In our letter we urged government to develop a coherent, well-funded kindergarten stage (3–7 year-olds) emphasising social and emotional development and outdoor play; national guidelines on screen-based technology for 0–12-year-olds, produced by recognised authorities; and a cabinet-level ‘minister for children’ auditing all government policies for their impact on children. We also advocated a non party-political Standing Conference on Children’s Health and Well-being, meeting and reporting regularly to Parliament.

Our letter was misleadingly titled ‘Screenbased lifestyle harms children’s health’ by the newspaper, which didn’t remotely reflect the range and subtlety of our arguments about ‘toxic childhood’ syndrome. This was highly unfortunate, allowing our opponents to position our arguments in a one-sided, misleading way, focusing predominantly on screen time in a way that we didn’t. As I write, our letter has been shared nearly 4,000 times, and the accompanying Guardian report (goo.gl/p0S2Yp) over 7,000 times.

In early January 2017, another multiply signed Guardian letter appeared (goo.gl/uuxcqr), taking issue with ours, and mysteriously allowing readers’ comments to be added to the website – a facility not afforded to our own letter. Titled ‘Screen time guidelines need to be built on evidence, not hype’, this new letter argued that an important debate about screen time is indeed necessary, but that it needs quality research and evidence supporting it. The letter refers to “moral panic about the impact of new technologies on our behaviour and development”, “writing for fear”, a “simplistic approach to issues facing childhood”, and “hyperbole and opinion” – clearly condemnatory allusions to our own letter. Its authors further wrote, “Divisive and scaremongering rhetoric that takes a casual approach to evidence is unhelpful and… damaging”.

The letter writers play the expertise card in their self-promoting claim to be “a group of scientists from different countries and academic fields with research expertise and experience in screen time, child development and evidence-based policy”. They are, they maintain, “deeply concerned by the underlying message of [our] letter”, arguing that “quality research and evidence to support these claims and inform any policy is required”. Incredibly, the ‘experts’ claim that “the concept of ‘screen time’… is simplistic and arguably meaningless, and the focus on the amount of screen use is unhelpful”. And they further claim there to be “no consistent evidence that more screen time leads to less outdoor play”.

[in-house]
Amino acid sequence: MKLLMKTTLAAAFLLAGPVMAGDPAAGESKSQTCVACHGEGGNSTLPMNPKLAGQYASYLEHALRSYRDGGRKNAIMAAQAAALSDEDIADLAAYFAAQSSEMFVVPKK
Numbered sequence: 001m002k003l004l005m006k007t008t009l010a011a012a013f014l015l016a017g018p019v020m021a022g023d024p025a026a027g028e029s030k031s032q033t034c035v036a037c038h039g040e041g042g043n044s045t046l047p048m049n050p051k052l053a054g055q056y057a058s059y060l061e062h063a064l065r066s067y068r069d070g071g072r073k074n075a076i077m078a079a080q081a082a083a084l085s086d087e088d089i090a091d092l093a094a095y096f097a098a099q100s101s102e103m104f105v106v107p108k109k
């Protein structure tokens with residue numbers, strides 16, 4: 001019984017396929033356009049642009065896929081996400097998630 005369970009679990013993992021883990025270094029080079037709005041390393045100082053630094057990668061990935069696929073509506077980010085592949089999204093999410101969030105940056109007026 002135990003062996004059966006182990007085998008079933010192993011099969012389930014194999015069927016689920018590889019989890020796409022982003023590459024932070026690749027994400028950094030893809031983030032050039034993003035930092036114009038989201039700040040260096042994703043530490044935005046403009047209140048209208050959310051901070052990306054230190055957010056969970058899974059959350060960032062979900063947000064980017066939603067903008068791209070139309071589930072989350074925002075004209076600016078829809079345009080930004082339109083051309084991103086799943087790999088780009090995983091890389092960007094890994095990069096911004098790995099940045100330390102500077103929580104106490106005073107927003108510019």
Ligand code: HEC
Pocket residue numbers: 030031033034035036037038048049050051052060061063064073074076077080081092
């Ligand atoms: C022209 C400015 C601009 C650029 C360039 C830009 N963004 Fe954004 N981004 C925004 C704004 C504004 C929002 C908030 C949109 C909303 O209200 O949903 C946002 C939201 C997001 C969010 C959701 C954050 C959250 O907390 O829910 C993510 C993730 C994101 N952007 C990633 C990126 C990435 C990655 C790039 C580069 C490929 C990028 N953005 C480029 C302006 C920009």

To reiterate, contrary to the false positioning of our opponents, our own letter covered a far wider field than just screen time. Moreover, there are all manner of problems with the claims in this allegedly ‘science-based’ letter. Not least, its authors are clearly wedded to a positivistic view of research that privileges empirical research grounded in a materialistic metaphysics, completely ignoring the spiritual and philosophical-existential dimensions of such technologies and of hyper-modernity more generally.

But let’s have a full public and professional engagement on these crucial cultural questions by debating the respective merits of the cases made by these two press letters – in university early childhood departments and nursery discussion groups, for example. We might then be able to generate some cultural momentum about, and serious interest in, an issue which seems to generate massive cultural resistance to addressing in anything approaching an informed, systematic way.

This article originally appeared in Teach Early Years Magazine, issue 7.4, and was published last week.

Richard House portrait

Richard House is a chartered psychologist and early years campaigner. He edited Too Much, Too Soon?.

Politics in the Pub with the Ngara Institute and Stuart Hill: Dismantling Neoliberalism

Stuart Hill, co-editor of Social Ecology, does rather a lot of wonderful work. Today we wanted to share with you one of his lectures from 2016 “Dismantling Neoliberalism”, which is pretty fantastic! Warning for a few minor swearwords. We hope you enjoy it.

Buy Social Ecology here.

More about Stuart Hill here.

Pumpkin Pie Recipe

Cover of Festivals Family and Food

It’s that time of year! October is drawing to a close. Here for your enjoyment, a simple pumpkin pie recipe from Festivals, Family and Food. Tasty!


1 unbaked pastry shell
15 oz pumpkin purée
3 eggs, slightly beaten
8 oz sugar
half a teaspoon of salt
1 teaspoon cinnamon
a quarter teaspoon cloves
half a teaspoon nutmeg
half a teaspoon ginger
1 cup top of the milk or evaporated milk
juice and rind of lemon

Prepare pie crust. Combine eggs, sugar, salt, spices and lemon and beat well. Blend in pumpkin. Add milk and blend well. Turn in to pie crust. Bake in hot oven (450F, Reg. 8) for 10 minutes, then reduce heat and bake at 350F (Reg. 4) for 40-45 minutes. Pie is done when tested by inserting a knife to see if it comes out clean (test centre). Serve with whipped cream!